The week before pitchers and catchers report to Spring Training should be a happy time for all baseball fans. Our favorite sport is so close to starting; we can touch it, feel it and for those of us in the cold northeast, we can imagine warm Florida and Arizona sunshine. But today, we pause to reflect on a career cut short, WAY too short as pitcher Brandon Webb has finally ended his comeback nearly four years after he last pitched in a Major League game. It is a reminder to us just how fleeting a career can be even one that had such tremendous success in such a short period of time.
I did not have a chance to watch Brandon Webb pitch that much. The player who was the last Cy Young Award winner for the Arizona Diamondbacks threw a sinker that was almost impossible to hit with any kind of authority. That pitch established him as one of the most dominant pitchers in the National League. His lifetime record was 87-62 with over 25% of those defeats (16) coming in 2004 when the D’backs lost a franchise-record 111 games. It was the worst season of his stint in Major League Baseball as he notched only seven wins but did produce a respectable 3.59 ERA. After that season, it is not a stretch to say that Webb was on the way to a potential Hall of Fame career. From 2006-2008, the righty won 56 games, winning the Cy Young in 2006 while leading the NL in victories twice during that span. He finished second for that award in 2007 and 2008 and led the league in shutouts in ’06 and ’07. He was a three-time All Star who made at least 33 starts in five of his six seasons in his career.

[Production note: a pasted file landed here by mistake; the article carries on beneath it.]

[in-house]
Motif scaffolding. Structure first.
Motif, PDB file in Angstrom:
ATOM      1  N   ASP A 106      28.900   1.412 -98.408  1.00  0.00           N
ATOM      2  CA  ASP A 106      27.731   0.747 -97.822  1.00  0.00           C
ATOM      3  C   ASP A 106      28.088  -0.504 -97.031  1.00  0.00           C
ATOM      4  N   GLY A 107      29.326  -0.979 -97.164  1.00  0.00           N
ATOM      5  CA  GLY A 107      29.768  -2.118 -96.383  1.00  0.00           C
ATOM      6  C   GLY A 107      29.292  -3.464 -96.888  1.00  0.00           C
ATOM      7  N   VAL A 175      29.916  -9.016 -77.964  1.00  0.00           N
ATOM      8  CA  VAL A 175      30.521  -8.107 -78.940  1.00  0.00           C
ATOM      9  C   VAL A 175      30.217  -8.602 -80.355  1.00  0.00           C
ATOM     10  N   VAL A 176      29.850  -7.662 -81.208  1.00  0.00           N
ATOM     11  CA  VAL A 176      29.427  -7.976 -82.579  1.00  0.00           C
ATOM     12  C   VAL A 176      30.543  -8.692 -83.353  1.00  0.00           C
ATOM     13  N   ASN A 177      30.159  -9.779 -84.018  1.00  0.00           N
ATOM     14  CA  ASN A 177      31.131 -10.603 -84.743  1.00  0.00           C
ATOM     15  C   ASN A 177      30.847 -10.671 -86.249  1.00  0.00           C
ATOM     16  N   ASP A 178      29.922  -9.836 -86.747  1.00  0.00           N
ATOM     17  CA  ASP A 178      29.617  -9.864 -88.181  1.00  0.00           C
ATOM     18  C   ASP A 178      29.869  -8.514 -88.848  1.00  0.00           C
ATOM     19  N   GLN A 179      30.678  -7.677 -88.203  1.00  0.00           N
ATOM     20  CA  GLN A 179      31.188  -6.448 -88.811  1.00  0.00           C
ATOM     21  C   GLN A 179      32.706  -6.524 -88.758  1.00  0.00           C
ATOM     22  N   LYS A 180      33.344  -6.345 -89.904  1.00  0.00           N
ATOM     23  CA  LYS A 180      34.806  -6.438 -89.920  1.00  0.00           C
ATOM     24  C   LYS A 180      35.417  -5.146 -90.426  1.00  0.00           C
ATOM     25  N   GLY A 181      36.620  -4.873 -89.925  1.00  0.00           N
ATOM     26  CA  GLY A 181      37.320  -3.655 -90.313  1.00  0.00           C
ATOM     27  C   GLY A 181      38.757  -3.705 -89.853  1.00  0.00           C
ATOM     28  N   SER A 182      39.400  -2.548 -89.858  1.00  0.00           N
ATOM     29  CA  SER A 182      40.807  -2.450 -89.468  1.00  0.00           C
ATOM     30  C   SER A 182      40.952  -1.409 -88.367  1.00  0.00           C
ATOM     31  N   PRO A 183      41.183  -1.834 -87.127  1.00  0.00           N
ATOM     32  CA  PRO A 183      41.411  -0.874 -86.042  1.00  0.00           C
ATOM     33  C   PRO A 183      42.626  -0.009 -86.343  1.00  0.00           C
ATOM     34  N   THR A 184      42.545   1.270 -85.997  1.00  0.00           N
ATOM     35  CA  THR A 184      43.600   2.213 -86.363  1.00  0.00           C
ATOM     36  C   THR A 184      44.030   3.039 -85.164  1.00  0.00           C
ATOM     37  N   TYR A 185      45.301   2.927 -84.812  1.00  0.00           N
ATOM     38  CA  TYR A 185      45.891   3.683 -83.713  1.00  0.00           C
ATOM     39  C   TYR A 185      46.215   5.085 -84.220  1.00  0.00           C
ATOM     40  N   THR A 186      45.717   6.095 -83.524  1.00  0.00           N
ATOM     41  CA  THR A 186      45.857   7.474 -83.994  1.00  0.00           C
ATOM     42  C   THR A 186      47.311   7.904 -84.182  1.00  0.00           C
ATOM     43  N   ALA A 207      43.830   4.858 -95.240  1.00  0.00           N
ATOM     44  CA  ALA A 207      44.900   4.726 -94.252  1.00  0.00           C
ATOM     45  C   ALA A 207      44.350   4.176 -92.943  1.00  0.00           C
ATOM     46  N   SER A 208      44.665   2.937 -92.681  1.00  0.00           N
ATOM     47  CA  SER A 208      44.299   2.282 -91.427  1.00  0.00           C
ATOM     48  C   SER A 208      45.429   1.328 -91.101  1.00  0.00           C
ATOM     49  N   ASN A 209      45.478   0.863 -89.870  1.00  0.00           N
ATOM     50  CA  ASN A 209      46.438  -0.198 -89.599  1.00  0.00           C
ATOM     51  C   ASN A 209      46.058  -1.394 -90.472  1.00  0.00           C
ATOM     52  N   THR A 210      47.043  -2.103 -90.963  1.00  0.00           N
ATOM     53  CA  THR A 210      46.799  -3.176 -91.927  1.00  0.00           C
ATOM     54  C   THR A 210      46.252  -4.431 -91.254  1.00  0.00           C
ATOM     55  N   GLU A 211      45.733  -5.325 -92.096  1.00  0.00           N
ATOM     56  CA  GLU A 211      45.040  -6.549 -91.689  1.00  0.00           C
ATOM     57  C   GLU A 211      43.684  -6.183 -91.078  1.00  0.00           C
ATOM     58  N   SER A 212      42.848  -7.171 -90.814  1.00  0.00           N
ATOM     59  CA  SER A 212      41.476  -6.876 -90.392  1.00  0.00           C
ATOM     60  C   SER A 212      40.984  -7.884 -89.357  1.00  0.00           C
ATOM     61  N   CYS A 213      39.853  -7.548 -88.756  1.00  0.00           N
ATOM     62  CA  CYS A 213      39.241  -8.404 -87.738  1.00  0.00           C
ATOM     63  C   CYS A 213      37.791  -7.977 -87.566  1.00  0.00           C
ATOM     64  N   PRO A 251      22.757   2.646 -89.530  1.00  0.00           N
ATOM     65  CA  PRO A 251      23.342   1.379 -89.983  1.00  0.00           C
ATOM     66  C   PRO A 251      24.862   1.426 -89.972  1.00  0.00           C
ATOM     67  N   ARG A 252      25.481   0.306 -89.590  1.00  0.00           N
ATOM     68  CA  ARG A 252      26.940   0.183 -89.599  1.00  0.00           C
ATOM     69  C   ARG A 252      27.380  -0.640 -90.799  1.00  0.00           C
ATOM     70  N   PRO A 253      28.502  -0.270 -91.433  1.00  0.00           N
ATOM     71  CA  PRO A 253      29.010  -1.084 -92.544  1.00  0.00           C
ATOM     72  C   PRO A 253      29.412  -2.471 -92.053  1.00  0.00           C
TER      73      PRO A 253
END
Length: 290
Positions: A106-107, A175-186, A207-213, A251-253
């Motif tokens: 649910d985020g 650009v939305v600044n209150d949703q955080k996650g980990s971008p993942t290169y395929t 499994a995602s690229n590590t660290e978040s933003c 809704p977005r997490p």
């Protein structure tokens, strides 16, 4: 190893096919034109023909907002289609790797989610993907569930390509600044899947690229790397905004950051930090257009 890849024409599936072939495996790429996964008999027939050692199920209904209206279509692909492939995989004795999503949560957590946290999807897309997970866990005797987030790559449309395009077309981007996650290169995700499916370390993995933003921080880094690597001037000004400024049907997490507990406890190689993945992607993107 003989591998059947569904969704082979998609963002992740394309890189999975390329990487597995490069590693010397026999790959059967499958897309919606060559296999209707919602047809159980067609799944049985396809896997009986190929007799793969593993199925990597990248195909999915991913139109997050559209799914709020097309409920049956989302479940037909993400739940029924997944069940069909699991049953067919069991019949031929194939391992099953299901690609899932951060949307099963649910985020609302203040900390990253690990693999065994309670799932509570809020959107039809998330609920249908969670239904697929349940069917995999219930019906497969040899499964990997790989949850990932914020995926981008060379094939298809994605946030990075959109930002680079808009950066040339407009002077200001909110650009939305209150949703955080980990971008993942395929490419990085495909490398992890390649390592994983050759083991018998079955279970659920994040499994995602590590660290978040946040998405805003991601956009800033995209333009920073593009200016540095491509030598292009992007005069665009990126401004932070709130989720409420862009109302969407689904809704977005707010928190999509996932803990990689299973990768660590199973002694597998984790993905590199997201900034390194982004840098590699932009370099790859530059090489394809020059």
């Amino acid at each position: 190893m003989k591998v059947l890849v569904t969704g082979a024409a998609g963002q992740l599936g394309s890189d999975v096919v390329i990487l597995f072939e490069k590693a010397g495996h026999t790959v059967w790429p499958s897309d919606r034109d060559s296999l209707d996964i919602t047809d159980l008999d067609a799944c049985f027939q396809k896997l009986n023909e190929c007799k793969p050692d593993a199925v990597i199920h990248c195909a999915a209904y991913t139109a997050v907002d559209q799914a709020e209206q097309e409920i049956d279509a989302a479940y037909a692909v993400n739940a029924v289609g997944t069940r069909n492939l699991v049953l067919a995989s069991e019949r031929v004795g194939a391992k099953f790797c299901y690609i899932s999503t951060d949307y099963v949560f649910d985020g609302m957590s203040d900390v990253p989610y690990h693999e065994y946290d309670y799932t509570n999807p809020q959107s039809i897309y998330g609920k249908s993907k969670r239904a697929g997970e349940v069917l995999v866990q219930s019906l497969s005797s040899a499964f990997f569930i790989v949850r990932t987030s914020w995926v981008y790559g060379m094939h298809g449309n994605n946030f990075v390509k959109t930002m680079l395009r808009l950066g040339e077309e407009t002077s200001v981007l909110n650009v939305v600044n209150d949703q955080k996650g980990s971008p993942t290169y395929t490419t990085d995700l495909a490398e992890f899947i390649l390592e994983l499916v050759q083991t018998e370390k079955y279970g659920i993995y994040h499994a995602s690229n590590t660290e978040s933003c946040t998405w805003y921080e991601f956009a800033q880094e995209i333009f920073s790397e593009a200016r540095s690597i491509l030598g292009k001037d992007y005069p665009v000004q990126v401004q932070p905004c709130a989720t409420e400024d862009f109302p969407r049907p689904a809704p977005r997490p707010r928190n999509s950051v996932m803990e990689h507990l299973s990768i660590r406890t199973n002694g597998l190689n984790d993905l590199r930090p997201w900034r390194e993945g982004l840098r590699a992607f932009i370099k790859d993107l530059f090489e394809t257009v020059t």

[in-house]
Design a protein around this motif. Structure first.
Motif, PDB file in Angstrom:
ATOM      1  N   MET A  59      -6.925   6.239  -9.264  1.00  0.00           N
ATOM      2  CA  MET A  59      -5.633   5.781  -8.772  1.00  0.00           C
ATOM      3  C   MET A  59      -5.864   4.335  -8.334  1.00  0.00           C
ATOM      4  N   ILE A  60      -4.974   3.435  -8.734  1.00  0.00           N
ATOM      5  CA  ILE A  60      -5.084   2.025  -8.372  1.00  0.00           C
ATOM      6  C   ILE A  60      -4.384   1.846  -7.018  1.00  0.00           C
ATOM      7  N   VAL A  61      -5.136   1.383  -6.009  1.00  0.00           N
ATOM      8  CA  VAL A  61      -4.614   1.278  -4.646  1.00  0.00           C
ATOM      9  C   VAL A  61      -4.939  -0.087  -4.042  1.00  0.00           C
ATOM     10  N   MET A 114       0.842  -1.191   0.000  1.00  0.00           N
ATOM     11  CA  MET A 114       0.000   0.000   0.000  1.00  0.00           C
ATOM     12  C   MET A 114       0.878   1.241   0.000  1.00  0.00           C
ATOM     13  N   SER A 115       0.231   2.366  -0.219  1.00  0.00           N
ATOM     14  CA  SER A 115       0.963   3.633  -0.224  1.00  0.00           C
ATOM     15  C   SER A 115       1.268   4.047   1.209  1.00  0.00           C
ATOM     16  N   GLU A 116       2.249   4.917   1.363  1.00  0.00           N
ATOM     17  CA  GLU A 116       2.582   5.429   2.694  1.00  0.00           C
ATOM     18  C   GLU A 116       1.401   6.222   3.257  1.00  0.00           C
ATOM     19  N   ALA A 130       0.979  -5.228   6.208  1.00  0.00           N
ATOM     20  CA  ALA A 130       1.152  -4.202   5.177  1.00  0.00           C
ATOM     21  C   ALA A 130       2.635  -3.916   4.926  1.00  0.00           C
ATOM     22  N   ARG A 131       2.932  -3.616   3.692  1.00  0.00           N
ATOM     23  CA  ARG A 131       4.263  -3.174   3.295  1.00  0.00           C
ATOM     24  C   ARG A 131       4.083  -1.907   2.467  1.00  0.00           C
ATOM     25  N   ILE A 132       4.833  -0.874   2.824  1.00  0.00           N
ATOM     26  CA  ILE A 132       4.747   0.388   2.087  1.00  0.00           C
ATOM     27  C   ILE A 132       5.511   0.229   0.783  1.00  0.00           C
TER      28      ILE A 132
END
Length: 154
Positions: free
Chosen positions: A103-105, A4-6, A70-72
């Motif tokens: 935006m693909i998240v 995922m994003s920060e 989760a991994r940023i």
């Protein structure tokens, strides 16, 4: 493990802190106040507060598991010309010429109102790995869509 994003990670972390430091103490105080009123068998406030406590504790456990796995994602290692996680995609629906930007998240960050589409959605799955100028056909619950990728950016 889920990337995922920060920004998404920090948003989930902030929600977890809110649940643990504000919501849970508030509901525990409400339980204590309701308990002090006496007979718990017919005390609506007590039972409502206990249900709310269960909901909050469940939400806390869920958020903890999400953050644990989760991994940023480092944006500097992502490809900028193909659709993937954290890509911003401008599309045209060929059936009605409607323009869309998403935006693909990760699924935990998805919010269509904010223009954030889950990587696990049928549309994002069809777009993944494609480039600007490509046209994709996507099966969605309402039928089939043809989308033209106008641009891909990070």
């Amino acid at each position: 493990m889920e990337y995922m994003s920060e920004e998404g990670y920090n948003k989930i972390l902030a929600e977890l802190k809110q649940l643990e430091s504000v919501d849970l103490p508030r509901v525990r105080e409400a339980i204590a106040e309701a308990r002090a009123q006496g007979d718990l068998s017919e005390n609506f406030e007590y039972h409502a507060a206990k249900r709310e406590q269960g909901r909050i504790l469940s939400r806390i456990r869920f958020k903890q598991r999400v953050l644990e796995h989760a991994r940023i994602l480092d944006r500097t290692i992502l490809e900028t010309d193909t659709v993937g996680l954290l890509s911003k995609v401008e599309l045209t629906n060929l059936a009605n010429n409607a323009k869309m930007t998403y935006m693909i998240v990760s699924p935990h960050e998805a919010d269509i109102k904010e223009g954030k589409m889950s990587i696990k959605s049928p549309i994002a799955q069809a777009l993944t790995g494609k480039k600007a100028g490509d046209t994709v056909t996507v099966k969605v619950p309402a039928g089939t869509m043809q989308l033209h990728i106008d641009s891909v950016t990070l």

Then on Opening Day 2009 it came to a screeching halt. Webb left the game after four innings with a throbbing shoulder. Who could have imaigned that was the last time he would wear a Major League uniform? He endured two shoulder surgeries with an eye on making a comeback, first in 2010 with the D’backs and then in 2011 with the Texas.
Finally, Webb decided enough was enough at the still-young age of 33. Think about how many more wins he should have had. Why did his arm, once so full of life have to betray him? We should be mentioning his name with the pitchers of today such as Justin Verlander, Felix Hernandez and Matt Cain. Instead, we put him in the same category as “what could have been” guys such as Steve Busby and Mark Fidrych. We could have been talking about Brandon Webb as the first home-grown Hall of Famer for the D’backs.
What a shame. I wish Brandon Webb and his family the best of luck in the future.
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